Monday, December 28, 2009
Philadelphia Brigade Park
The Philadelphia Brigade Park is stop number 5 on the auto tour of the field. It is marked by a stone obelisk rising 73 feet above the surrounding 11 acre park. A recent study by Susan W. Trail titled, Remembering Antietam: Commemoration and Preservation of a Civil War Battlefield  describes the creation of Antietam National Battlefield. In it she describes how the Philadelphia Brigade Park came to be.
During the 1890s, national parks were established to commemorate the conflicts at Gettysburg, Shiloh, Chickamauga/Chattanooga, Vicksburg, and Antietam. Soon states and veterans organizations began erecting regimental, brigade, and state monuments along the roads and fields of these parks. At Antietam, the Philadelphia Brigade Association sought a suitable location to erect memorials to the four brigades--the 69th, 71st, 72nd, and 106th Pennsylvania--who fought under Oliver O. Howard and who were collectively known as the Philadelphia Brigade.
In the early spring of 1895, the Association contacted Antietam Battlefield Board President Major George B. Davis about creating monuments to each of the brigades' four regiments. Davis, in reply, expressed his "dislike of 'tombstones' across the battlefield, recommending instead that it erect one monument to the entire Brigade." p. 250.
The Association, adopting Davis' suggestion, then met with Ezra Carman in mid-August to select the monument's location. The property the Association wanted was owned by George H. Poffenberger, a farmer with a cantankerous reputation and a keen eye for profit. "The members had intended on buying a small lot just large enough to hold the monument, but when Poffenberger offered to sell them 1/4 acre for the exorbitant price of $400, or eleven acres for $1,000, they quickly chose the latter after consultation with Gen. Carman." p. 250.
With an agreement in hand, the Association began raising funds to purchase the land, make improvements, and build a suitable monument to the brigade. Of the contributors, the Pennsylvania State Legislature gave $5,000--a generous sum but less than what they would have given for four individual brigade monuments--which were allocated by the state at $1,500 each.
On September 17, 1896, the Association joined by governors from Pennsylvania and Maryland and "a substantial number of veteran's organizations" gathered to dedicate the park. p. 251.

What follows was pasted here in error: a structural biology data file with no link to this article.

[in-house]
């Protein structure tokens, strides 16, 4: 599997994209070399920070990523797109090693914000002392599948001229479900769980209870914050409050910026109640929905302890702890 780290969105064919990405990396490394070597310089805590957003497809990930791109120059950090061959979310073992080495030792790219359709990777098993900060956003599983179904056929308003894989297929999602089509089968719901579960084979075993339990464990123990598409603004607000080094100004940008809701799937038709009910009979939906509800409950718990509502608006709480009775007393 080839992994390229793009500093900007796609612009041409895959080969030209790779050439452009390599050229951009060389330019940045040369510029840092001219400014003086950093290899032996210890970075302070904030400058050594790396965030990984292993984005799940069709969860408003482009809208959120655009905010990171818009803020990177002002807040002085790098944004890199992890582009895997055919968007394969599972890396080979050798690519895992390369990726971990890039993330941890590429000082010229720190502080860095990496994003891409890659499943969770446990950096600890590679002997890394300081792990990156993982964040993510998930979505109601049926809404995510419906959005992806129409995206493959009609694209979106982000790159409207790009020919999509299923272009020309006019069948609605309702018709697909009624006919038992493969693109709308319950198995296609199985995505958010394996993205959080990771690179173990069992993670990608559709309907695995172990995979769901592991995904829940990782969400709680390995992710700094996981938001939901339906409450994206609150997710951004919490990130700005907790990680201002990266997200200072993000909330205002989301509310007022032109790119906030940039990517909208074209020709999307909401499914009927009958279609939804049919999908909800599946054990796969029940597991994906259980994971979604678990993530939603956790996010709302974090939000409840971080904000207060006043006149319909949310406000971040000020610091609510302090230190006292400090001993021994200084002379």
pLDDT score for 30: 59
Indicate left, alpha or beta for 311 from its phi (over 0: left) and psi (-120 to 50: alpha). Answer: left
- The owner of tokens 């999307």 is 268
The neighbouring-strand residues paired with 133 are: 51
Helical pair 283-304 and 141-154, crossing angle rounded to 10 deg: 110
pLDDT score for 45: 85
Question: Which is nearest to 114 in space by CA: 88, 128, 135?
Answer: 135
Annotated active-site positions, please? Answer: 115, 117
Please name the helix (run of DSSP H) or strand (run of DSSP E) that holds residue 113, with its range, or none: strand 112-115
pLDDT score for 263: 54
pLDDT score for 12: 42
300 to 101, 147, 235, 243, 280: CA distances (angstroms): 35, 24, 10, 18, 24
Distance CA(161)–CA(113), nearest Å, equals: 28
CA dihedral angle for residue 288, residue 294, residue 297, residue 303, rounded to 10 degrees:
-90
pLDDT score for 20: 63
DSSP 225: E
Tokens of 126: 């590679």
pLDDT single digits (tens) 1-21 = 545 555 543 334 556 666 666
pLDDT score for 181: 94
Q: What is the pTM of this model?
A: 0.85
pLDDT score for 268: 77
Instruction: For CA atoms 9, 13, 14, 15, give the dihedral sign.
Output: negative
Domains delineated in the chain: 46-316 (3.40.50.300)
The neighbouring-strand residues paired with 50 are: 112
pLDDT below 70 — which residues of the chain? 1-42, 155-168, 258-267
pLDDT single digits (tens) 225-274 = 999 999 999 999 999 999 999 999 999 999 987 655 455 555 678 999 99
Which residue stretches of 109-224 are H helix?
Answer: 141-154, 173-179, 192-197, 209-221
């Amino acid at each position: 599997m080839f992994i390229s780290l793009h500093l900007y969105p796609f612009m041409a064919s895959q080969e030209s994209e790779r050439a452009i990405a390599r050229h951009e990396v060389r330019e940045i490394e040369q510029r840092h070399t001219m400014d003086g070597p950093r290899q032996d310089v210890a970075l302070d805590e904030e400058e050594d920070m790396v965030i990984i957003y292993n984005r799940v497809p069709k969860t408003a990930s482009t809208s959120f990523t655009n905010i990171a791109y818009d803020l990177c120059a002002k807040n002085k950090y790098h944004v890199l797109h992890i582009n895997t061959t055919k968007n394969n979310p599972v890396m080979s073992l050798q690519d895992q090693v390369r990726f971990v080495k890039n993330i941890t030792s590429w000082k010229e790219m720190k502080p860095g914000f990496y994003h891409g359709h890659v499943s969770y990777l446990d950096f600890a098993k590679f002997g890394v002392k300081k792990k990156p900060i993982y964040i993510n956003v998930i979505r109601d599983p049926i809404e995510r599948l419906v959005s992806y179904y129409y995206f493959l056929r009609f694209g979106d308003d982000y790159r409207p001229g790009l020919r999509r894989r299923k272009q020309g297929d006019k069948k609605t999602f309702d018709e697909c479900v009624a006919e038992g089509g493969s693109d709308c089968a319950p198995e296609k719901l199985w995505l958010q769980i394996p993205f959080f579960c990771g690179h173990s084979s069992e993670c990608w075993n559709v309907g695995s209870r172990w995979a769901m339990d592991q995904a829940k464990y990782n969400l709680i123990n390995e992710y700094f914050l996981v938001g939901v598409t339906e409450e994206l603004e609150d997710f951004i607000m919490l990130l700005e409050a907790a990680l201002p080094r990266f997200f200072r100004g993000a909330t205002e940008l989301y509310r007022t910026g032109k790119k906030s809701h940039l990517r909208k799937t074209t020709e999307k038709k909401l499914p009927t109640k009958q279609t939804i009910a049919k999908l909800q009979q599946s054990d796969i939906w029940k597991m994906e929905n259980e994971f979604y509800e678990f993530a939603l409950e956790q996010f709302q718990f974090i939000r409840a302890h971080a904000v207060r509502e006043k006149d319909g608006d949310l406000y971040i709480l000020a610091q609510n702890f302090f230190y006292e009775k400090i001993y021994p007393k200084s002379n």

While the Association had intended to turn its new park over to the War Department, this action was delayed. One possible reason was a "dispute arising over surplus cannon balls that the Secretary of War had agreed to provide the Association to embellish the grounds of the park. Evidently, the Association believed that this agreement included the cannon carriages, and did not find out otherwise until less than two weeks before the dedication. The controversy continued for another year, until the Secretary of War finally rescinded his original agreement." p. 251, note 22.
Left with the responsibilities of administering the park, the Association turned to the City of Philadelphia who took over the park in 1903. George H. Poffenberger was hired as caretaker--something he neglected and his employers regretted. As complaints about the condition of the Park rose, a military investigation found "a locked gate [to the park entrance], 'many benches scattered about, helter skelter, and an unsightly wire fence strung within the ornamental iron fence to keep in sheep that the caretaker is reported to pasture there to save the use of lawn mower." p. 311.
The Hagerstown Chamber of Commerce then got involved. Led by John B. Ferguson, the Chamber contacted the City of Philadelphia in May 1932 to propose that the city open the park to the public, dismantle the troublesome gate under the control of Poffenberger, and turn the maintenance of the park over to the War Department which was doing a good job with other parts of the field. The title to the park would be transfered to the War Department as well. After a number of false starts, the park came into the National Park Service hands in September 1940. p. 360.
The Third Delaware monument in the field due north of the Philadelphia obelisk in 1964 marked the final addition to the Philadelphia Brigade Park .
Today parts of the original fencing can still be seen marking the the 11 acre original purchase. The property to the south all the way to the Dunkard Church and to the west to the by-pass are now in NPS hands and a master plan for the West Woods (and the original Philadelphia Brigade Park) envisions a careful restoration of field and buildings to September 17, 1862.
 All page references are to: Susan W. Trail, Remembering Antietam: Commemoration and Preservation of a Civil War Battlefield. Dissertation, University of Maryland, College Park, 2005.
All photographs in black and white or sepia from the Antietam National Battlefield Library, courtesy of NPS Ranger Allan Schmidt.
Photo 1. The Philadelphia Brigade Park, ca. 1935. The two small signs to the right and left of the roadway read: (left sign) "Battlefield Visitors May Lunch Here 9 AM Till Dusk, No Entrance After Dusk"; (right sign) "Keep Motor Cars Off The Grass, Park 45o on Driveway."
Photo 2. The troublesome gate, ca. 1926.
Photo 3. Looking north to the Philadelphia Brigade Monument from the Dunker church, ca. 1950s. The George H. Poffenberger farmstead is in the far left of the frame.
Photo 4. The same shooting location as Photo 3 but a few years later. Looking north to the Brigade Monument from the Dunkard Church, ca. 1960.
Photo 5. Workers setting cement fence posts along the southern boundary of the original 11 acre Philadelphia Brigade Park, ca. 1930s.
Photo 6. Cement fence posts and rusted fence wire still mark the boundary of the original Brigade Park. Debris from the George H. Poffenberger farmstead still litter the newly-acquired property.